There are times when you plan to stitch a masterpiece. And then there are times when you want to sew. And sometimes, if you’re lucky, a single project satisfies both those urges.
In my case, it started one day when I was in a bit of a stitching rut. I decided to try a Moda Cake Mix, and perhaps emblematic of my feeling not-so-adventurous I chose Recipe 1, Block 1.
I’m terrible about cutting into fabric I love—I tell myself there’s a perfect project just waiting for this or that bundle and then the fabric sits on the shelf for a very long time. But when I realized how perfectly Darling Little Dickens by Lydia Nelson played with Fig Tree’s Strawberry Fields, I threw caution to the wind and went to work.
I cut 10″ squares from my Strawberry Fields fat quarters and combined them with a Darling Little Dickens Layer Cake. I wanted to make a gender-neutral quilt and so chose blues and greens from Lydia’s line, taupes and yellows from Joanna’s, and threw in a creamy Bella solid to take up the slack. The Cake Mix directions were easy-peasy and it felt great to be sewing. I didn’t make any big decisions about which fabric to put where, just paired darks and lights and stitched along. I made a really pretty top and took it out to my clothesline to take a picture and loved the way the sun poured through the blocks. And then I set it in a pile in my sewing room and went on to other projects.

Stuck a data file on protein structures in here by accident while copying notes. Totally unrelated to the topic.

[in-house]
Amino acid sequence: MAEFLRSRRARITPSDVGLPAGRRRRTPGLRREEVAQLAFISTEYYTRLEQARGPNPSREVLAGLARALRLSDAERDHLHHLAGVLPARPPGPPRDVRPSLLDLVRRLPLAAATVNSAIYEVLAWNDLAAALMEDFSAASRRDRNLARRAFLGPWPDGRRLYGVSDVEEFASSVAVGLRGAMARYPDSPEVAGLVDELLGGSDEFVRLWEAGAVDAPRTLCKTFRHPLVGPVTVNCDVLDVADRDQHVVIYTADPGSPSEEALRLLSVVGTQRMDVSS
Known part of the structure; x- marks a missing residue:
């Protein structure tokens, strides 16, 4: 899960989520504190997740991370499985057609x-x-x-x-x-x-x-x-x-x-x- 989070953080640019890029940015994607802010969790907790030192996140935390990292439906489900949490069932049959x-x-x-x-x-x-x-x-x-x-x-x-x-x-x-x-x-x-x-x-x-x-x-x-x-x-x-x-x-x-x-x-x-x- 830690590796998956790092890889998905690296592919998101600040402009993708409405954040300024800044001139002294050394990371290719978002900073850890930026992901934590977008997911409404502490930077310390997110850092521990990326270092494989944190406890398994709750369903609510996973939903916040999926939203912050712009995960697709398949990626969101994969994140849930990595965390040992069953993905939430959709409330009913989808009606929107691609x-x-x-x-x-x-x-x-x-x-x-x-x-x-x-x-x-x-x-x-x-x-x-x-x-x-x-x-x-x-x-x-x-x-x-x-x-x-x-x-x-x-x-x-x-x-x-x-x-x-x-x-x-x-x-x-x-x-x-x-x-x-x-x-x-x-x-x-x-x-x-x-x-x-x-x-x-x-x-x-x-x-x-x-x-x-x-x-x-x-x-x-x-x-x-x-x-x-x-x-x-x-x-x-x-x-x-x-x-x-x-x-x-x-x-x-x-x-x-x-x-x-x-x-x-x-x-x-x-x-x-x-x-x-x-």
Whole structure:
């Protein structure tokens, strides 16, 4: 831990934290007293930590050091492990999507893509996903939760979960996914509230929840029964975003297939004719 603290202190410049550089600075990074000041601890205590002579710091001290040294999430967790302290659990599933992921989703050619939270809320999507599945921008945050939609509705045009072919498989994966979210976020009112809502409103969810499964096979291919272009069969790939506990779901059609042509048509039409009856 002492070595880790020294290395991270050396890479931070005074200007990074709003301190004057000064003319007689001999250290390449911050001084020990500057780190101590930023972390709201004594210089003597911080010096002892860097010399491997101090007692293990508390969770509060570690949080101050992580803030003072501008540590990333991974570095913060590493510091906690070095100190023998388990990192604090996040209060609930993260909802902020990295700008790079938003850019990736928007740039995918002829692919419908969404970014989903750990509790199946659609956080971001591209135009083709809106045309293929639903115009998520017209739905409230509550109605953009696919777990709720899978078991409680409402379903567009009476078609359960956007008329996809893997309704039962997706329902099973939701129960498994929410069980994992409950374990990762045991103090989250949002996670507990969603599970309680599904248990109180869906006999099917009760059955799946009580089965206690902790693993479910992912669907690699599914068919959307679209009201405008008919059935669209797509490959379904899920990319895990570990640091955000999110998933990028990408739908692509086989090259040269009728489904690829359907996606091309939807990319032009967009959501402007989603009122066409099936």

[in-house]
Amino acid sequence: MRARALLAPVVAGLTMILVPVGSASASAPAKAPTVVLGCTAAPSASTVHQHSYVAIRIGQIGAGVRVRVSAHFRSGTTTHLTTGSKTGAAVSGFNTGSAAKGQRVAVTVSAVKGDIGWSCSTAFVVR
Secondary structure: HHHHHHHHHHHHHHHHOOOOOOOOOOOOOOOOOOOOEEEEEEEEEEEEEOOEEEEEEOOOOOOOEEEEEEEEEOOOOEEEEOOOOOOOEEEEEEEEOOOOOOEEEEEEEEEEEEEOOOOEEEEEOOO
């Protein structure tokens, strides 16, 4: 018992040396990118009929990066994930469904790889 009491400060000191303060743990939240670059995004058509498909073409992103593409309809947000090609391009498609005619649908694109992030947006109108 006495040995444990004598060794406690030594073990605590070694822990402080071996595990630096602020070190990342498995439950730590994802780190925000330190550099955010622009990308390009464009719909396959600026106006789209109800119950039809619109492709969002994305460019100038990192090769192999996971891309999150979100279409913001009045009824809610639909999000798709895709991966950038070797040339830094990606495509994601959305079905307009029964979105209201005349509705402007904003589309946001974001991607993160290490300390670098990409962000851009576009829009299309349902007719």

One of those projects was a hand-stitched hexagon quilt that I decided to make for my first grandchild. I was thoroughly enjoying sewing together hundreds of hexagons to create a gradation of hues, which I planned to appliqué to a backing and then quilt. But life didn’t go exactly as planned (imagine that!) and it became clear the hexagons weren’t going to be done when the baby was. I panicked. And then I remembered the Cake Mix quilt.
It was winter when I pulled it out and its soft hues promised spring. I added fabrics from some newer lines to finish it off—a just-the-right green backing from Corey Yoder’s Pepper and Flax and my favorite kind of binding—stripes—from Fig Tree’s Ella and Ollie. I quilted it with one big spiral and couldn’t help but see tidy rows of Iowa farm fields in the evenly-spaced stitching and soft colors. Uplifting was the only word I can use to describe the experience. As I quilted, my winter woes took a backseat to reveries about sunlight and what it would be like to meet my grandchild (my daughter and her husband chose not to know the baby’s sex before the birth).
I didn’t quite finish stitching down my striped binding before I flew from Iowa to Texas to meet baby Freya Grace. She was only 36 hours old when I got to hold her for the first time and it was just two days later, while she slept on a pillow on my lap, that I finished stitching on the binding. We washed the quilt so it was soft and crinkly and my daughter kept commenting on the sweet little sheep and duck fabrics and thought the colors were perfect for Freya’s room. I’m still diligently hand-sewing that hexagon quilt for Freya, but it may not be any more loved or admired than this Cake Mix quilt. It’s a reminder that any quilt can be a masterpiece when it’s wrapped around someone you love.